OP-ED: Juvenile Justice — One Strike and You’re Out!

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Riya Saha Shah

No adult is the same person he was when he was a teenager. In my mid-30s, I am thankful I am not the impulsive maker of bad decisions I was at 15. We all deserve the opportunity to learn from our mistakes and grow up.

But for many children who become involved with the court system, the poor decisions they made as teenagers can follow them forever and become an obstacle to future opportunities and success.

One of the core principles of the juvenile justice system is rehabilitation; we want to get troubled youth back on track so they can become productive, responsible, taxpaying members of the community. Youth are provided treatment and supervision to ensure that when they exit the system they are prepared to be good citizens.

Unfortunately, juvenile records contain a lot of highly sensitive information, including information about the child’s family, education, social history, behavioral problems and mental health issues. That’s information necessary to ensure that the youth receive targeted treatment and rehabilitative services, but that could be very damaging if made available to the public.

How these records are handled both while the youth is involved with the court and after they’ve become adults can impair educational opportunities, careers and personal lives in ways that are counterproductive to the system’s goals. Maintaining juvenile court records does very little to advance public safety while narrowing the path to success that the juvenile justice system was designed to provide.

A few examples:

  • In Florida, Dina’s juvenile record prohibits her from chaperoning her child’s field trips and becoming a licensed nurse, even though she is a married college graduate and mother of two — and has never had another brush with the law.
  • In Pennsylvania, Lisa’s juvenile record caused her application to the Peace Corps to be delayed 16 months after she graduated from college.
  • In Washington, Starcia was denied housing because her juvenile record showed up on a landlord’s background check.
  • Actor Mark Wahlberg’s record of an offense committed when he was a juvenile limits his ability to volunteer to work with law enforcement to help troubled youth or obtain a concessionaire’s license.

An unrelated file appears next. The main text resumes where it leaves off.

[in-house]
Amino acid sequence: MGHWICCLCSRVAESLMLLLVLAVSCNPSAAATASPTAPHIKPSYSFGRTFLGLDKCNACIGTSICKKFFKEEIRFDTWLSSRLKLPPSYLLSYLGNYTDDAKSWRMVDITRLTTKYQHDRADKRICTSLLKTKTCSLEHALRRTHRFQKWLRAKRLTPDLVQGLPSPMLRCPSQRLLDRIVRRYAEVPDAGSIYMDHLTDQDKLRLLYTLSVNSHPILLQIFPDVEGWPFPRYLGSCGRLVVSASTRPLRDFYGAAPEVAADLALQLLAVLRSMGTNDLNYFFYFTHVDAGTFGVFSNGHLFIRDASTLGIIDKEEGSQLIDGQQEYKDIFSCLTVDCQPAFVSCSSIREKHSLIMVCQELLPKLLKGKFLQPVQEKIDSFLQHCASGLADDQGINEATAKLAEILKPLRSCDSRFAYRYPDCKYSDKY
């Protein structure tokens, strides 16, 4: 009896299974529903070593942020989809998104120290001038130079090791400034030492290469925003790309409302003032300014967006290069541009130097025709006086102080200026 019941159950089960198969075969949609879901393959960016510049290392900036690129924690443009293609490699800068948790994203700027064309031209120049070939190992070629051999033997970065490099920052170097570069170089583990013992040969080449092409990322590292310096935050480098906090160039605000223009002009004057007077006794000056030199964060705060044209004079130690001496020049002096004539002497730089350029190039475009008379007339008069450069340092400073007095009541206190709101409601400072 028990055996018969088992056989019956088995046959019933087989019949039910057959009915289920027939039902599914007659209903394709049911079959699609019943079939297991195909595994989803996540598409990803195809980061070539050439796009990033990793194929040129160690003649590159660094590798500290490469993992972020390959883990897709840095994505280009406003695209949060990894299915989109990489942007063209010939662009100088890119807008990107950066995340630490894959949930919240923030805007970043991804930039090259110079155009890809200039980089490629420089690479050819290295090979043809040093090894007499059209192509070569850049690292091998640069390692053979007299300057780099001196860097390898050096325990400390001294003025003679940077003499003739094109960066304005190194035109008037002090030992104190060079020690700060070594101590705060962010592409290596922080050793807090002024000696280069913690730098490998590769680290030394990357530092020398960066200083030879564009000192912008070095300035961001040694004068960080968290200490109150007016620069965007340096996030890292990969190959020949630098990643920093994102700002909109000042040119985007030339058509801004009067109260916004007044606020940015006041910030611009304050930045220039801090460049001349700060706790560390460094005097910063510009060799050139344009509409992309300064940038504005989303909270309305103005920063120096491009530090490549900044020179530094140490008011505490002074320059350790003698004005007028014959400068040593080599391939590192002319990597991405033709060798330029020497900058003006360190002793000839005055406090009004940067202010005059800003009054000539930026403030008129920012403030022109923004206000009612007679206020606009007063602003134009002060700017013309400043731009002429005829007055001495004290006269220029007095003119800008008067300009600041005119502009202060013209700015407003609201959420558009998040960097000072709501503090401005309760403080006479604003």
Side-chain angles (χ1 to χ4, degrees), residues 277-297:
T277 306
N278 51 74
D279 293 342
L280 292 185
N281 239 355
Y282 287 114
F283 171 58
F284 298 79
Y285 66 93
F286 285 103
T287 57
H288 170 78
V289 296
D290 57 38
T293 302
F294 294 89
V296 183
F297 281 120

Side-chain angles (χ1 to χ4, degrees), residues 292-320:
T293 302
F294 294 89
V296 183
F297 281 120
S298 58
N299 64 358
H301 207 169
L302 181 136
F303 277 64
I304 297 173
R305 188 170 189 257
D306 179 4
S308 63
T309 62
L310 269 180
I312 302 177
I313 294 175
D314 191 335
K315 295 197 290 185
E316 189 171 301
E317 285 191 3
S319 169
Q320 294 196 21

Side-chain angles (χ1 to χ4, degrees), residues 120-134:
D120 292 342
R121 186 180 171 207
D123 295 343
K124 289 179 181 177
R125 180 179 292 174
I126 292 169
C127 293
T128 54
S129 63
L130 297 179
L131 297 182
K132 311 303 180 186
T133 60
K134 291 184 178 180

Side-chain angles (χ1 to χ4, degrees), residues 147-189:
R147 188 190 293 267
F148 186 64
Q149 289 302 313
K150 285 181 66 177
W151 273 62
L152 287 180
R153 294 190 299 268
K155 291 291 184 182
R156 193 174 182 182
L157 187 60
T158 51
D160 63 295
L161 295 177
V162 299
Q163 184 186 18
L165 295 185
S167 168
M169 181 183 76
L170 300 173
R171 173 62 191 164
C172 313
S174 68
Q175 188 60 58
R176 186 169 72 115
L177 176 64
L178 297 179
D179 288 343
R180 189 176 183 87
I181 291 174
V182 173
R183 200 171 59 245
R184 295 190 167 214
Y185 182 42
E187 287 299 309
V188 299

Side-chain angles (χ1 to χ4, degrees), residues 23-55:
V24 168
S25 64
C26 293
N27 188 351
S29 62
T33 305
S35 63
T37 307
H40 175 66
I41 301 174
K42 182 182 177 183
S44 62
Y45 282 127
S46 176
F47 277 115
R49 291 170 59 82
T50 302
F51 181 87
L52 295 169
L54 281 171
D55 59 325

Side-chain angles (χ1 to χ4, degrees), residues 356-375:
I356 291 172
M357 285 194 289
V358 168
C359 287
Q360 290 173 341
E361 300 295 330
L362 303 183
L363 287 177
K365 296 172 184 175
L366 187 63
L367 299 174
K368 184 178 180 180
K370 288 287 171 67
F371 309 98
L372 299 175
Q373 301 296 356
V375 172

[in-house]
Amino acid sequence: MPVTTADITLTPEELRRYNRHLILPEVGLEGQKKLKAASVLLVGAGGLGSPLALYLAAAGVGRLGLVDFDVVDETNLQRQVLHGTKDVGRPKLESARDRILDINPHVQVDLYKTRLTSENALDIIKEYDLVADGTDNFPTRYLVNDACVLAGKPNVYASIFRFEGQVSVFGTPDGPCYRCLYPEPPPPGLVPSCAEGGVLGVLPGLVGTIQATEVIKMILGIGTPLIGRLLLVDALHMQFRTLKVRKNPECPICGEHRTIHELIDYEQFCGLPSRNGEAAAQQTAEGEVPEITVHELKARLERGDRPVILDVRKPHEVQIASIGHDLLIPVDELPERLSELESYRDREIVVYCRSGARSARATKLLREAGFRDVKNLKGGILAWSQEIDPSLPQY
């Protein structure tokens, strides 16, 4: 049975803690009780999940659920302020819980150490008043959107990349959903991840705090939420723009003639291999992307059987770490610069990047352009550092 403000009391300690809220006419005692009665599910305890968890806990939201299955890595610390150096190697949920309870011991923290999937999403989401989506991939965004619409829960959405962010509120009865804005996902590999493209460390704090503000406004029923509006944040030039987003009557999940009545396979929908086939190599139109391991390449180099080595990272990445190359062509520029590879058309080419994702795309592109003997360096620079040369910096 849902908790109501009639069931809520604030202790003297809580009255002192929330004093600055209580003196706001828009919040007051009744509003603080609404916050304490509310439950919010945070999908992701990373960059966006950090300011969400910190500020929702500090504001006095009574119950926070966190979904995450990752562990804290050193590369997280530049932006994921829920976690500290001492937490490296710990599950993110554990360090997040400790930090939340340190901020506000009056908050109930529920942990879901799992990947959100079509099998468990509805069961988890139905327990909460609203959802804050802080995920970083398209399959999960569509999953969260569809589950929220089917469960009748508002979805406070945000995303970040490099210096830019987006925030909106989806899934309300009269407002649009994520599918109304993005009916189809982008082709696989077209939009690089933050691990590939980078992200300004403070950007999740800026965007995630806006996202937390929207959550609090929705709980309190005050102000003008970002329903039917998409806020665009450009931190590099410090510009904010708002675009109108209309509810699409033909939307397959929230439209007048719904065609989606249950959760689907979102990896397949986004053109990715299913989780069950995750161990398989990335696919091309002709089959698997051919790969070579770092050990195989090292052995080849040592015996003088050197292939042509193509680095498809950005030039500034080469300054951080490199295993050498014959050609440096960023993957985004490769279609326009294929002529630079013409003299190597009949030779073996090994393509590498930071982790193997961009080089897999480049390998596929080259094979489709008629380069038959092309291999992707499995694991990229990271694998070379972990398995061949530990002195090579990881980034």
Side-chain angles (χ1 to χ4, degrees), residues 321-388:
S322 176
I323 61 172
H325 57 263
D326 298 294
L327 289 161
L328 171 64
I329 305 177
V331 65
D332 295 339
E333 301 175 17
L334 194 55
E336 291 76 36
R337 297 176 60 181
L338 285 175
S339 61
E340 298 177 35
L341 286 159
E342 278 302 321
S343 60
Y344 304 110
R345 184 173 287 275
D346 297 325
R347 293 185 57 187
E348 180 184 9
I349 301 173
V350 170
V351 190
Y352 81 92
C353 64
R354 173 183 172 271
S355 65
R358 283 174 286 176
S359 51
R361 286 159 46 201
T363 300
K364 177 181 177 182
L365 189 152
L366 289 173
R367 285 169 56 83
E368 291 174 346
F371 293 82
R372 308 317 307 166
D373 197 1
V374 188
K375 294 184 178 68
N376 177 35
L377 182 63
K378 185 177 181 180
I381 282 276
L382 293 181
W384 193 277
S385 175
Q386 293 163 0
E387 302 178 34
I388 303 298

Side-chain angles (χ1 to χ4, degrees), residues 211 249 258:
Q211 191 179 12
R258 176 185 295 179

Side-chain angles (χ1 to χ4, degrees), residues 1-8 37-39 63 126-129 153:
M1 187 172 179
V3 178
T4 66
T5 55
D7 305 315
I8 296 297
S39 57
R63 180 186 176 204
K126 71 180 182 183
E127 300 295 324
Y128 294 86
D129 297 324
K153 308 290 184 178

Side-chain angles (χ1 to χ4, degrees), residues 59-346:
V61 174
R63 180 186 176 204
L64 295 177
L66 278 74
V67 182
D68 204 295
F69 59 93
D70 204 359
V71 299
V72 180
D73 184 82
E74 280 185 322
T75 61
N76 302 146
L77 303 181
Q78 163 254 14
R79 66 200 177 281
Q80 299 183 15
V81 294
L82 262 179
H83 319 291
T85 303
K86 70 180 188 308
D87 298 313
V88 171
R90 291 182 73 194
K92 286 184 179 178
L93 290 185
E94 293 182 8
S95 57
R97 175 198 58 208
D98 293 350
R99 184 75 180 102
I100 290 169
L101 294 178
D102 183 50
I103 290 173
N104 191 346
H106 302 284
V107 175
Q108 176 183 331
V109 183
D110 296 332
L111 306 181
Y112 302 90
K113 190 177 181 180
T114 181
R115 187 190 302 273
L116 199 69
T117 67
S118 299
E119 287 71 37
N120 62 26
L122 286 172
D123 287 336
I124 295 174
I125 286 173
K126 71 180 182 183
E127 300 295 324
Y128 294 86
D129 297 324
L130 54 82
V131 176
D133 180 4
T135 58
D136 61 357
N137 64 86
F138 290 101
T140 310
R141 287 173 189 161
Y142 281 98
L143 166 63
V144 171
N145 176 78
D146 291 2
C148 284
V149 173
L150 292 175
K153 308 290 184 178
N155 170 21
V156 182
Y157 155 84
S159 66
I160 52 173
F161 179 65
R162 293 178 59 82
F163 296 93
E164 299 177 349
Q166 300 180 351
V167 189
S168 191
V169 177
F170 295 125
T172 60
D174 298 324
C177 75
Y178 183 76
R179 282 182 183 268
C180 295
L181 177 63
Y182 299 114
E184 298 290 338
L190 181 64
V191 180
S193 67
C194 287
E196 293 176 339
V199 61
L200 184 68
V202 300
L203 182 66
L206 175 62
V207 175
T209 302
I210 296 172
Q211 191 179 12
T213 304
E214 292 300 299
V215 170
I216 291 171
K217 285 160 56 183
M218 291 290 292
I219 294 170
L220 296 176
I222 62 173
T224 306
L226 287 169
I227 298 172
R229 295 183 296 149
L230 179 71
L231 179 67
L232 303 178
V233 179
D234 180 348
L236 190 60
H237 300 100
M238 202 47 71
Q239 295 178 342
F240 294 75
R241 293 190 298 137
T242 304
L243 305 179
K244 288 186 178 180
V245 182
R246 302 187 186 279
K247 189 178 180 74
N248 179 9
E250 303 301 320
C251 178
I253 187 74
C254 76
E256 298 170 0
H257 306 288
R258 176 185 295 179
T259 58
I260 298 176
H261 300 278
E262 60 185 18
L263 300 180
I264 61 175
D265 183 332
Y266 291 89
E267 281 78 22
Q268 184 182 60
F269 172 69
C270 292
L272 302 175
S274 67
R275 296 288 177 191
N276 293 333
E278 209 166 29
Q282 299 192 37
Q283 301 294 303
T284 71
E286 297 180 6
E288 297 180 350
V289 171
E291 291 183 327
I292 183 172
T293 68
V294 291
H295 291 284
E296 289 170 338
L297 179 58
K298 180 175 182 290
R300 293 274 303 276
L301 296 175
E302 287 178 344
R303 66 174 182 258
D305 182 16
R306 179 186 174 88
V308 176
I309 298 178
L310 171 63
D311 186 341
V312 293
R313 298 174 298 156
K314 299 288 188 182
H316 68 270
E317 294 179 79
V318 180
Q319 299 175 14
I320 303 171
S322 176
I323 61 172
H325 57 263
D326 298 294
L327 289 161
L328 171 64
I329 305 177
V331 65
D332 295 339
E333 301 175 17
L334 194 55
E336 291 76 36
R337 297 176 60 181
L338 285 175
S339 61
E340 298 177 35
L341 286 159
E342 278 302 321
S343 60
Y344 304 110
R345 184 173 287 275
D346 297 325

It is a myth that juvenile records are confidential and automatically destroyed when the teen becomes an adult. In actuality, juvenile records have the potential to impose barriers to success long after youth leave the court system and are well into their adulthood. But laws vary from state to state on how to protect children from the devastating effect of their records:

New York is one of 10 states that completely protect juvenile record information from access by anyone, including access by individuals connected with law enforcement and the court.

Arizona juvenile record information is publicly available and provides no confidentiality protections.

New Mexico laws provide for automatic, immediate sealing of juvenile records when a case is closed.

In Hawaii, only arrest records can be expunged if the child was not adjudicated delinquent. All other records remain permanently available.

These wide variations in states’ sealing and expungement policies mean a youth’s ability to overcome his past and pursue education or employment opportunities may depend on where he lives. But geography must not mute justice.

The Juvenile Law Center recently released the first-ever comprehensive evaluation of juvenile records laws in the United States, “Failed Policies; Forfeited Futures: A Nationwide Scorecard on Juvenile Records.” We looked at the laws and policies in every state and Washington, D.C., and measured them against our core principles for protecting juvenile records. Specifically, we looked at the laws related to the confidentiality of juvenile records while children are still involved in the court process, and how states handle those records once cases are closed. We also looked at the laws that permit kids to get their records sealed to the public or completely destroyed or expunged after their cases have ended.

As a whole, instead of getting children on the right path, our nation is setting children up to fail. According to our scorecard, not one state protects juvenile records well enough to earn five stars. Less than 16 percent of the states earned four stars; the majority of states earned three stars, and about 25 percent of states earned two stars.

Many states allow juvenile records to be completely open to the public, and some states even go so far as to sell this information to for-profit companies. Even in states where records are purportedly unavailable to the public, there are so many exceptions to the rules of confidentiality that sealing or expunging a record could be rendered meaningless.

Youth do not understand that they have the right to expunge or seal their records because laws do not require that they receive such notice. Even if they are made aware, in many states the process for actually filing a petition to get a record expunged is difficult to navigate without an attorney and can be very costly.

This scorecard demonstrates how important record protection is to protecting the future of our children. We know children make mistakes. State legislators need to act now so children and teens with juvenile records can get the second chance they deserve, move past their mistakes and live and work productively in their communities.

Riya Shah is a staff attorney at the Juvenile Law Center in Philadelphia and a lecturer at the University of Pennsylvania Law School.

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